PRESS RELEASE: Human Rights Activists and Citizens Appealed the Refusal of Sofia City Prosecutor’s Office to Initiate Proceedings against the Bulgarian Prime Minister for Praising Vigilante Refugee Hunters

Human rights activists and citizens with the legal assistance of the Bulgarian Helsinki Committee (BHC) appealed against the refusal of the Sofia City Prosecutor’s Office (SCPO) to institute pre-trial proceedings against the Bulgarian Prime Minister Borisov, based on a crime report from BHC – the largest Bulgarian human rights organization. The crime report was signed by 41 citizens, including famous Bulgarian journalists, concerning PM’s direct encouragement of groups that illegally detain asylum seekers at the border and use violence against them because they are foreigners, Arabs and Muslims. These vigilantes became known in Bulgaria as “refugee hunters”.

In the beginning of April 2016, one of the major Bulgarian TV stations – Nova television – aired a video showing one day of “hunting” of such a group near the Bulgarian-Turkish border. The vigilantes were represented as “patriots” and heroes. The crime report was filed against the PM because of the following statements by Borisov before journalists on 10 April 2016:

“I got in touch with these boys [the vigilantes from the video]. We spoke. All the help the police, or the border police and the state gets is welcome [...]. However, I personally [...] spoke to them, I thanked them, and I sent the director of border police to meet them so they would coordinate […] the country belongs to all of us. Everyone who helps only deserves a “Thank you!” So we already did that. It’s true that I asked the director of border police to come from Sofia to Burgas and meet them. They had got in touch only with border guards from the local station. So this is just help”.

In its signal BHC and 41 citizens claim that there is evidence for a crime under Art. 162 (1) of the Criminal Code (CC), since Borisov’s statement constitutes incitement to discrimination and violence, based on the nationality and the ethnic group of the foreigners crossing the Bulgarian border in pursue of asylum. There is also evidence for another criminal act – public incitement to crime under Art. 320 of the CC. The crimes to which the Prime Minister incites are those of Art. 162 (2-4) of CC, use of violence against people because of their ethnicity; the formation, leading and participation in organizations and groups that aim at or systematically allow such violence. Borisov incites the perpetration of crimes under Art. 163 CC – participation in crowds gathered to attack citizens in connection with their nationality and ethnicity, as well as crimes under Art. 143 (1) of CC – forcing others to perform, miss or endure something against their will by force or threat.

On 14 May 2016, SCPO refused to initiate pre-trial proceedings under Art. 162 CC, as they stated that Borisov’s words were not “capable of causing negative feelings in a large group of recipients”; Borisov does not seek to “impose feelings of hostility, hatred or unfair treatment”, but expressed “his personal opinion.” SCPO also claims there was no offense under Art. 320 of the CC, since “there is no incitement to crime by preaching to a lot of people”.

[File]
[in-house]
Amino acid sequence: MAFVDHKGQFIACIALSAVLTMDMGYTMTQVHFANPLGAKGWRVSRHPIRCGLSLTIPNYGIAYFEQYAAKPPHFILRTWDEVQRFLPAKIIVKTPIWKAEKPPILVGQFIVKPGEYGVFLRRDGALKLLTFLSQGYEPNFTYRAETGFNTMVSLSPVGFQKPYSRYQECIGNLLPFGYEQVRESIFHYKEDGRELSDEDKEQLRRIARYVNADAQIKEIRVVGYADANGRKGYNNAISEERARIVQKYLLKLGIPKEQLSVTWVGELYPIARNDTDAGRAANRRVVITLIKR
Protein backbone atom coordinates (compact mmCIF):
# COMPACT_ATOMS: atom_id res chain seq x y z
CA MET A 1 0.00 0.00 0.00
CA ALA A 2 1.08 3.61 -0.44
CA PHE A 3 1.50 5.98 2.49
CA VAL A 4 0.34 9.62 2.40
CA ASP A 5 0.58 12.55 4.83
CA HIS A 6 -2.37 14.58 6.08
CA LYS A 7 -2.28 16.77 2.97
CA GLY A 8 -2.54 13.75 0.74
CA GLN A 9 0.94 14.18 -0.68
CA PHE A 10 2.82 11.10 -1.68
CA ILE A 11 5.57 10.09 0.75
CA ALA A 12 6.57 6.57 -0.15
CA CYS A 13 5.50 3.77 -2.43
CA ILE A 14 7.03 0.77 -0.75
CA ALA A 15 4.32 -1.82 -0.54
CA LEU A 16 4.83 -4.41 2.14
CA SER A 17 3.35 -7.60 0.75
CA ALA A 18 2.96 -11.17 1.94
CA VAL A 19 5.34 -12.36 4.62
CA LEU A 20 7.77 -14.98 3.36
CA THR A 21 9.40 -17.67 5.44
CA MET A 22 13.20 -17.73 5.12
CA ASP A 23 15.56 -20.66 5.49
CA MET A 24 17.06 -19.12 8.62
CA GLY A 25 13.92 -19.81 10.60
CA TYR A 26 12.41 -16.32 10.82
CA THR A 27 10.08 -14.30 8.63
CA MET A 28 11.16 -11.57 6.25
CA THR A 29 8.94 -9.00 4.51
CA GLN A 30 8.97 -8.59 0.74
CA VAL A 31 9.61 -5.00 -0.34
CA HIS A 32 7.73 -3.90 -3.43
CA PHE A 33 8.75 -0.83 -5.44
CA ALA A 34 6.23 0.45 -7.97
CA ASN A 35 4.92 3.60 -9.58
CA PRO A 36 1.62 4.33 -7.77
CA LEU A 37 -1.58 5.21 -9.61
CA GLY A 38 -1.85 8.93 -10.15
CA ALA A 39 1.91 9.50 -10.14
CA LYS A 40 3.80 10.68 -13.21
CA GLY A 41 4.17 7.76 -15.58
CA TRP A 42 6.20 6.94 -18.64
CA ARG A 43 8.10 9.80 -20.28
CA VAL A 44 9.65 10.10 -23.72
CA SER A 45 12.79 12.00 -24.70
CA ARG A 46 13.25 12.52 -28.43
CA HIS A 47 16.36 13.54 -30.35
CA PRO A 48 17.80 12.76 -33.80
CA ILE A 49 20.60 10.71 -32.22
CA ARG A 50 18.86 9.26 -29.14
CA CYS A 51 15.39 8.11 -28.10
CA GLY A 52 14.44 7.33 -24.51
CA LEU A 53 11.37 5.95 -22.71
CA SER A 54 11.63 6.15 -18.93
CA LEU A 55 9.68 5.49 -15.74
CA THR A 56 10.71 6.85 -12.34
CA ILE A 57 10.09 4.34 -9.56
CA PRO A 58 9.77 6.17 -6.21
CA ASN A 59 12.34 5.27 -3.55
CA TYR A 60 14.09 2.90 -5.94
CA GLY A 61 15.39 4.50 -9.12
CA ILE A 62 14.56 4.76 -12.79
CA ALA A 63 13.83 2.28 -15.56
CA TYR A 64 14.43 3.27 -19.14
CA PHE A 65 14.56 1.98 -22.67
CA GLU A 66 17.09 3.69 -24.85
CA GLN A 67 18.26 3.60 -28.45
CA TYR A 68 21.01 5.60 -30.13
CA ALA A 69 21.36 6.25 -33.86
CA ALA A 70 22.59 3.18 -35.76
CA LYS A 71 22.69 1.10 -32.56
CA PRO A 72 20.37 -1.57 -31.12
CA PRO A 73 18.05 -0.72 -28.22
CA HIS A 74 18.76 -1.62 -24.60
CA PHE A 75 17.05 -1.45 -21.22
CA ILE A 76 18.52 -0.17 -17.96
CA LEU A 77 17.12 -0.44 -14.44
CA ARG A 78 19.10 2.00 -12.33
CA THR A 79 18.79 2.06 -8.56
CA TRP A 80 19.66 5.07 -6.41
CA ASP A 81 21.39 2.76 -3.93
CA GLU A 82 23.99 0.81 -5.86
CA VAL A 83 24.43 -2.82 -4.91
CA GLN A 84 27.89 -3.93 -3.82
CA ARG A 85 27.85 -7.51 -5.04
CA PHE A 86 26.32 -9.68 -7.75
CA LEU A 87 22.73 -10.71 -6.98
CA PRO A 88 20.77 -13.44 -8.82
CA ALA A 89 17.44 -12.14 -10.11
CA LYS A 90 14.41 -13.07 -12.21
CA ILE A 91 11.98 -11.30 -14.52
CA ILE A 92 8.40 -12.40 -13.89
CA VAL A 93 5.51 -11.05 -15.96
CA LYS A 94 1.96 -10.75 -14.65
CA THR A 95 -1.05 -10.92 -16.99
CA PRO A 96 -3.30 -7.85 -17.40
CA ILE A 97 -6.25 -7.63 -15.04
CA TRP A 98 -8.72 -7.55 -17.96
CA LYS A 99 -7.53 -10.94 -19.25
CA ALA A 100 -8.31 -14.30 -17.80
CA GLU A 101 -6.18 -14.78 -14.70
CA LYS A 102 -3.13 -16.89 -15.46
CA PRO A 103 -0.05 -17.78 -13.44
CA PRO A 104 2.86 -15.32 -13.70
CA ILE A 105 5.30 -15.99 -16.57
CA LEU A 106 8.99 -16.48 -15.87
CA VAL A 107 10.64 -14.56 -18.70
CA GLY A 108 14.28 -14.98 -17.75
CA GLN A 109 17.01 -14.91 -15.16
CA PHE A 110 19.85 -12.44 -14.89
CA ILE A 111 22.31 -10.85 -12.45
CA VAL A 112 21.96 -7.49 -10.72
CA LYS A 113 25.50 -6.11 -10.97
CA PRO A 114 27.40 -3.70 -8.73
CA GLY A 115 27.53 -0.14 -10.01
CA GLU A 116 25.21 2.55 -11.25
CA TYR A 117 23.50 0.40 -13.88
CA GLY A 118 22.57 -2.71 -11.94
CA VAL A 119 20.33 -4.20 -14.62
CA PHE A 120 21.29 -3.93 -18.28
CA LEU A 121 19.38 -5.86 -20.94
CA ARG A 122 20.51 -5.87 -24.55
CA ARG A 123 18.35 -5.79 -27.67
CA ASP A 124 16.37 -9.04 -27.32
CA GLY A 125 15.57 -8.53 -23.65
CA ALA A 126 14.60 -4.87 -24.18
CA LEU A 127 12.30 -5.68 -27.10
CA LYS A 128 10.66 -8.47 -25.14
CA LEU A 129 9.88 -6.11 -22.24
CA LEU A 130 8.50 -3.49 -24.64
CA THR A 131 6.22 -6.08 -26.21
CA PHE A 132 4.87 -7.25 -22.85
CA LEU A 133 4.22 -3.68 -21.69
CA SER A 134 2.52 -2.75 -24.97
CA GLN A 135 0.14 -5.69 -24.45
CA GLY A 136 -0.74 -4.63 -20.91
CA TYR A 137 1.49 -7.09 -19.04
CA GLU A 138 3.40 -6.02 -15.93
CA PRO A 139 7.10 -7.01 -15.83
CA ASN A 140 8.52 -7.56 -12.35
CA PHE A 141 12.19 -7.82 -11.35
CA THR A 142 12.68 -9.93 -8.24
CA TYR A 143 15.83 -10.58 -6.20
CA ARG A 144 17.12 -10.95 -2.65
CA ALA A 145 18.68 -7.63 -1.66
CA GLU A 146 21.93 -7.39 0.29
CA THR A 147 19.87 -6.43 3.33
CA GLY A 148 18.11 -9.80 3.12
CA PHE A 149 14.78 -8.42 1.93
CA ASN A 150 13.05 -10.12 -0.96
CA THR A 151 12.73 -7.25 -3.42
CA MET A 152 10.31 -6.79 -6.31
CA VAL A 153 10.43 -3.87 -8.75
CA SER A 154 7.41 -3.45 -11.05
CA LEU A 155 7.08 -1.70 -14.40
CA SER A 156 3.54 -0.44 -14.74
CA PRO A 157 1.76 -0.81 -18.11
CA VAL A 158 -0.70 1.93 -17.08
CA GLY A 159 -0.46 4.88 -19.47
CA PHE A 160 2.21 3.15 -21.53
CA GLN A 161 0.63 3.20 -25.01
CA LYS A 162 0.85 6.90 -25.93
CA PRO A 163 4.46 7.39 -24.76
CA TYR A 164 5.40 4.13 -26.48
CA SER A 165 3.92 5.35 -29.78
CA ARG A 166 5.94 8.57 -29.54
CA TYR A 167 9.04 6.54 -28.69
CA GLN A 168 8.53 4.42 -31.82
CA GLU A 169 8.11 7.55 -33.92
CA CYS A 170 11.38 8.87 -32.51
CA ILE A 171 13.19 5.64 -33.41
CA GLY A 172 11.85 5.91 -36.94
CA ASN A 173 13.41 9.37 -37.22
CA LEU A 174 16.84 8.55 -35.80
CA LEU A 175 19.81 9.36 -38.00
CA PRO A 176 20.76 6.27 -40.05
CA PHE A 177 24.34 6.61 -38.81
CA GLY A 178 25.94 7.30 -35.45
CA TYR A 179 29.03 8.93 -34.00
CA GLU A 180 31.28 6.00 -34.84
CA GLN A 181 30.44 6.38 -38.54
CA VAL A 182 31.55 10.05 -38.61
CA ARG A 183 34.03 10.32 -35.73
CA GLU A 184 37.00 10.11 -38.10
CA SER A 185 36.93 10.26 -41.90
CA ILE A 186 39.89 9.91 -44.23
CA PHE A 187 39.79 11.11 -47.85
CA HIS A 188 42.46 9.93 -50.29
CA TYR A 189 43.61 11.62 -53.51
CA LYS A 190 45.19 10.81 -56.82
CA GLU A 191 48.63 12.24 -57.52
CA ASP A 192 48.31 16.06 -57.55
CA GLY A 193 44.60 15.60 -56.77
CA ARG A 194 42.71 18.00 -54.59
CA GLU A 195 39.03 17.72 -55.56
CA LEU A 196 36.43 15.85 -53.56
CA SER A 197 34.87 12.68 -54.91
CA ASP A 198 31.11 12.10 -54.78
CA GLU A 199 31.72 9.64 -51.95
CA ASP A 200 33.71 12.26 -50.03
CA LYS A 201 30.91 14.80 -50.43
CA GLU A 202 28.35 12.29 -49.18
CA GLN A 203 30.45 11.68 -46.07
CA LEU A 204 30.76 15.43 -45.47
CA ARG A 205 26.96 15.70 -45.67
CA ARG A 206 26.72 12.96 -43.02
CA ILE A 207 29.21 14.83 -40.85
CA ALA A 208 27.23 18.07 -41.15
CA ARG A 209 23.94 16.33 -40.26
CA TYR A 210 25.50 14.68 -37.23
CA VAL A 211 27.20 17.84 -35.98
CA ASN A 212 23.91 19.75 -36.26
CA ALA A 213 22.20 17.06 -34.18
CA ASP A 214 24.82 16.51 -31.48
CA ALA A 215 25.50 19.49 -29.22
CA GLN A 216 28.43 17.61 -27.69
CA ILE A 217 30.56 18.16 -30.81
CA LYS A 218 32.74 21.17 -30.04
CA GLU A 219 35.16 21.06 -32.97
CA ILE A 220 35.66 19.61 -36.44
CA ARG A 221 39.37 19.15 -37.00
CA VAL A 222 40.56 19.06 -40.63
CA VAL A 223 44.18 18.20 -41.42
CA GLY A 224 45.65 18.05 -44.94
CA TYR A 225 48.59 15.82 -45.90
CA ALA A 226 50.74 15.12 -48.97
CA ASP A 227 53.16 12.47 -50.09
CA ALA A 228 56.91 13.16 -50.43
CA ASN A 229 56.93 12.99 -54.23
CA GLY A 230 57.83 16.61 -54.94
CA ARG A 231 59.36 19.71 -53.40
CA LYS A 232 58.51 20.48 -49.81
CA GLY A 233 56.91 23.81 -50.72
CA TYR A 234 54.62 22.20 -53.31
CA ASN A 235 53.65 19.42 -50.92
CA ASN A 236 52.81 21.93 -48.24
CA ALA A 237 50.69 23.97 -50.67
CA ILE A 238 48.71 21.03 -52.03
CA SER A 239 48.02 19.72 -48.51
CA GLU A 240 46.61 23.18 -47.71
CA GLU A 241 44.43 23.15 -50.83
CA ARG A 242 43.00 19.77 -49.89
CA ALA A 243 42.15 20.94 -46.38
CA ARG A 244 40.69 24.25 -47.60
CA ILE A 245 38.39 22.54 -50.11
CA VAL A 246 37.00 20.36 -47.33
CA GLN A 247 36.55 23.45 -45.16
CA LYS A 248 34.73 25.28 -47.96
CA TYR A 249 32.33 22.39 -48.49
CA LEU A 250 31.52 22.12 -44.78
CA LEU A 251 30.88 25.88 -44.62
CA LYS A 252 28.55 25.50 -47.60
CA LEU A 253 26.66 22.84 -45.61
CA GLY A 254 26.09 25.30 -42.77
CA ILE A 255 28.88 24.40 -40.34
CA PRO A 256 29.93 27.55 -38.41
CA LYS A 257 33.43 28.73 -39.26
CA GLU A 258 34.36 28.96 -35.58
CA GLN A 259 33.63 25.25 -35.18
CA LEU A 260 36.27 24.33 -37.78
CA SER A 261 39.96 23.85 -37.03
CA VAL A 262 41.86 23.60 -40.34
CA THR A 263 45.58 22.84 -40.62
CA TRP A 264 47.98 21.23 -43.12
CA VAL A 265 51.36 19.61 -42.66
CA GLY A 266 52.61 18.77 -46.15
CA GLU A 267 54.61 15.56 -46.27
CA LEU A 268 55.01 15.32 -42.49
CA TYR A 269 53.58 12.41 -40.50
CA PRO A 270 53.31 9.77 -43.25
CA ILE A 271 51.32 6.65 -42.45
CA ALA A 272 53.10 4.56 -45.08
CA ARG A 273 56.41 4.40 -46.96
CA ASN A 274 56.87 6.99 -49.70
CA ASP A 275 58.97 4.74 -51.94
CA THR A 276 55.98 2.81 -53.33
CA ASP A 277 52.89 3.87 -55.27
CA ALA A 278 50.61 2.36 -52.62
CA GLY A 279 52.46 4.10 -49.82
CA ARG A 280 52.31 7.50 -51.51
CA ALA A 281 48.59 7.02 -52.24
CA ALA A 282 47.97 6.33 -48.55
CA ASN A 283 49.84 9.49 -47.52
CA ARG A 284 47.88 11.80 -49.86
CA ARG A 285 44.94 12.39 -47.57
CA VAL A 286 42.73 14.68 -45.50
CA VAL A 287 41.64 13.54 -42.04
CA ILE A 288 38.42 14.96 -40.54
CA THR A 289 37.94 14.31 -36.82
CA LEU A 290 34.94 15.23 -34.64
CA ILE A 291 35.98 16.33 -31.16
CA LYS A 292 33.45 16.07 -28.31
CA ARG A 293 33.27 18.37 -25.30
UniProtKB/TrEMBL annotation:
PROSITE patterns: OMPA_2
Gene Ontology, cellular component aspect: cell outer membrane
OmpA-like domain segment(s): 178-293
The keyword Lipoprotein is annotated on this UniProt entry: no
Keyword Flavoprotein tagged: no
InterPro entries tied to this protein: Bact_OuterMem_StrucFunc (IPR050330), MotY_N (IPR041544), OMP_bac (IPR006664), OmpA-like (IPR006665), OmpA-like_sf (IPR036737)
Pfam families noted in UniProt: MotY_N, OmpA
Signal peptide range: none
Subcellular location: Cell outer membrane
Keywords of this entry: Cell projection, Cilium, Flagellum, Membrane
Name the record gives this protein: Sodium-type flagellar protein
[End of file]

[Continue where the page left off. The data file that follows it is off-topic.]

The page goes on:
In their appeal, complainants argue that SCPO’s refusal is groundless and contradicts the law. In its decree, SCPO uses an arbitrary definition of “discrimination” that does not exist in any legislative act and contradicts the existing legal definitions of discrimination. Moreover, the conclusion of SCPO that there was no incitement to discrimination, violence or hatred, as Borisov’s statements were not “capable of causing negative feelings in a wide range of recipients” contradicts Art. 162 (1) of the Criminal Code, under which it is enough to have incitement to discrimination or violence, without incitement to hatred. Discrimination and violence are a matter of conduct, not a feeling and attitude. Discriminators and abusers can be led by any motives, not only feelings; including beliefs that suppressing victims is justified by the public; or because they desire approval from the public or the people of power. The conclusion that with his statements Borisov expressed “his personal opinion” is also unjustified. There is no question that Borisov made his statement not as an individual in a private circle, but publicly as a Prime Minister of the Republic of Bulgaria in front of many journalists for the purpose of having his statement shared with the entire nation as the position of the government or the state on the matter of the refugee-hunting groups. This is not a private position, but the position of the government.

“The Prosecutor’s Office seems to see the Prime Minister as an inadequate person if it excuses him by saying that he didn’t ‘wished or aimed’ to incite to crime,” said Margarita Ilieva, director of the BHC’s legal program. “This means that the prosecutors believe that Borisov neither understands what he is saying, nor knows that unauthorized detention, coercion and violence are crimes in Bulgaria, even more so when they are racially motivated. However a Prime Minister should consider his statements and it should be presumed that he does that,” she added. ♦